At Condé Nast, Social Sharing Is Always in Style

With virtual focus group Style Society, 'Vogue' mines intel from 2,000 fashion-focused females

From Instagram and Pinterest to Pose, Twitter and Tumblr, the fashion-obsessed flock to social platforms to share everything from daily photos of outfits to random musings about style.

The importance of all that sharing wasn’t lost on Condé Nast, whose magazine brands and advertisers have a major stake in the whims of style-conscious women. That’s why the publisher of Vogue and Glamour sought to harness the power of fashion and social media by creating the Condé Nast Style Society, a virtual focus group serving Condé Nast and its marketing partners.

To populate the Style Society, the company recruited 2,000 women familiar with its brands and who have a heavy interest in fashion. The average member reads five Condé Nast magazines every month and visits four of the company’s websites. Nearly all the women are active users of social media, and more than 350 are bloggers.

The site is a hybrid of message boards, surveys, blog posts and photo galleries designed to spark discussion about assorted style-related topics. Every month, research company Ipsos mines member reviews for data, which is compiled in a newsletter and sent to select advertisers. A recent edition featured member quotes and statistics about online shopping, credit card usage and spring trends.

While some members occasionally receive incentives including gift cards and prints from the Condé Nast archive, most participate simply because they want to swap thoughts and information about fashion with like-minded women and feel they play a role at the magazines, said Gina Bulla, an associate marketing director at Condé Nast who oversees day-to-day activity on Style Society.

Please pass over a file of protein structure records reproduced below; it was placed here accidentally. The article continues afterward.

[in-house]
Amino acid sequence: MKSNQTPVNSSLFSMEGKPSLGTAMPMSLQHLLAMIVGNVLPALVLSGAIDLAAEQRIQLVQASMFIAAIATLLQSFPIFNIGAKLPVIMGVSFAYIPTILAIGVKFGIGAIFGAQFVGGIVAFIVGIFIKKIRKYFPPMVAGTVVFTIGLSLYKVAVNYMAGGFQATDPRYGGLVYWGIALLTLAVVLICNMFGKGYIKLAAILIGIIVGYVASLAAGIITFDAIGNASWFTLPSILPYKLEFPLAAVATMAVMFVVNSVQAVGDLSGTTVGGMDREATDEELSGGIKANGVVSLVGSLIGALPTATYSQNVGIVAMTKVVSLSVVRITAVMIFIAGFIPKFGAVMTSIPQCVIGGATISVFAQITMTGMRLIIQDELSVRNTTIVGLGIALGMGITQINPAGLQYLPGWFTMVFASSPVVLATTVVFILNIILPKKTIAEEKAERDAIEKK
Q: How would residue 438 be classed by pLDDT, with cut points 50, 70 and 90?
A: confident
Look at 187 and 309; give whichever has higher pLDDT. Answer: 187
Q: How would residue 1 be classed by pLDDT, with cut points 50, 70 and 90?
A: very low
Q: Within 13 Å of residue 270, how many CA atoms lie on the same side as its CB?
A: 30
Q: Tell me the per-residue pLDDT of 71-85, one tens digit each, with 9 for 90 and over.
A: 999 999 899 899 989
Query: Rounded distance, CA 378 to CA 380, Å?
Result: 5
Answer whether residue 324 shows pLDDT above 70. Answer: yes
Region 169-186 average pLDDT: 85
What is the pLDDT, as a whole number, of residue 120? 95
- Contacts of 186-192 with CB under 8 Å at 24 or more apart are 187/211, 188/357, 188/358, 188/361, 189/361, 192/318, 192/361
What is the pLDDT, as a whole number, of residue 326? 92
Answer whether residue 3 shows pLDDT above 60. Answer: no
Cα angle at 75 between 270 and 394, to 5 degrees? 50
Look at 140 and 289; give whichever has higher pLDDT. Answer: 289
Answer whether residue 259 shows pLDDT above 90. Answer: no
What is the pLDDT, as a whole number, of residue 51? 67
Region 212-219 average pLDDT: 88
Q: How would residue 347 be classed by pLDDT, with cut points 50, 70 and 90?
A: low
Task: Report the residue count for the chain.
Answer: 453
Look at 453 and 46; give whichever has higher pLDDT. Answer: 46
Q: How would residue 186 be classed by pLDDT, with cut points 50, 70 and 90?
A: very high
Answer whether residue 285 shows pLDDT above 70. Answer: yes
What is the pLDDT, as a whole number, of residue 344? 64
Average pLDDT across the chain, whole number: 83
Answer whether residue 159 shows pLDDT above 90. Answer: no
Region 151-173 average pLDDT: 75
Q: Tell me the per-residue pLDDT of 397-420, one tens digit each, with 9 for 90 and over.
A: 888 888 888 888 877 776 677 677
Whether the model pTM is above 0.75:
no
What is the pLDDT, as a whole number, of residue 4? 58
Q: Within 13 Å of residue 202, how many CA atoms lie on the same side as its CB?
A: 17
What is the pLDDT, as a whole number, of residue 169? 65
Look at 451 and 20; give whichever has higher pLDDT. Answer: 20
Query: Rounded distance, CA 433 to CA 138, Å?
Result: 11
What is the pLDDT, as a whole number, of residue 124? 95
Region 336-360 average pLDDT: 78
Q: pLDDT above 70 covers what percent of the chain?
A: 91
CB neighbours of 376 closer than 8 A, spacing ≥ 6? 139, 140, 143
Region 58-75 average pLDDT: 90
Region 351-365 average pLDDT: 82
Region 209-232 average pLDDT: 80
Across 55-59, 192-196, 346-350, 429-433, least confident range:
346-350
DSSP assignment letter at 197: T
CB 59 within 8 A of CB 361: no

Bulla noted that on the Style Society blog Inside Condé Nast, members share a surprising amount of personal information. “It’s amazing that they are taking so much time to respond to these posts,” she said. “Women are even creating relationships with one another on the site.”

Apart from content generated by members and Condé Nast, surveys can be created for advertisers as either part of a larger program or for a negotiated stand-alone rate.

One advertiser, the fashion brand BCBGMAXAZRIA, used the Style Society to unearth information about consumers’ purchase behavior and brand perceptions. Through the partnership, it learned that online purchases of its products were closing in on purchases made in brick-and-mortar stores.

“Having this opportunity to tap into brand perception of our core consumer through a credible, third-party source was very appealing,” said Jennifer Sprague, vp, global marketing at BCBGMAXAZRIA Group.

Some brands have even featured Style Society members in their research and ad campaigns.

The beauty brand Shiseido, for example, surveyed and selected Style Society members to test a line of serums. Their testimonials were then featured in an advertorial published in Vogue and Allure.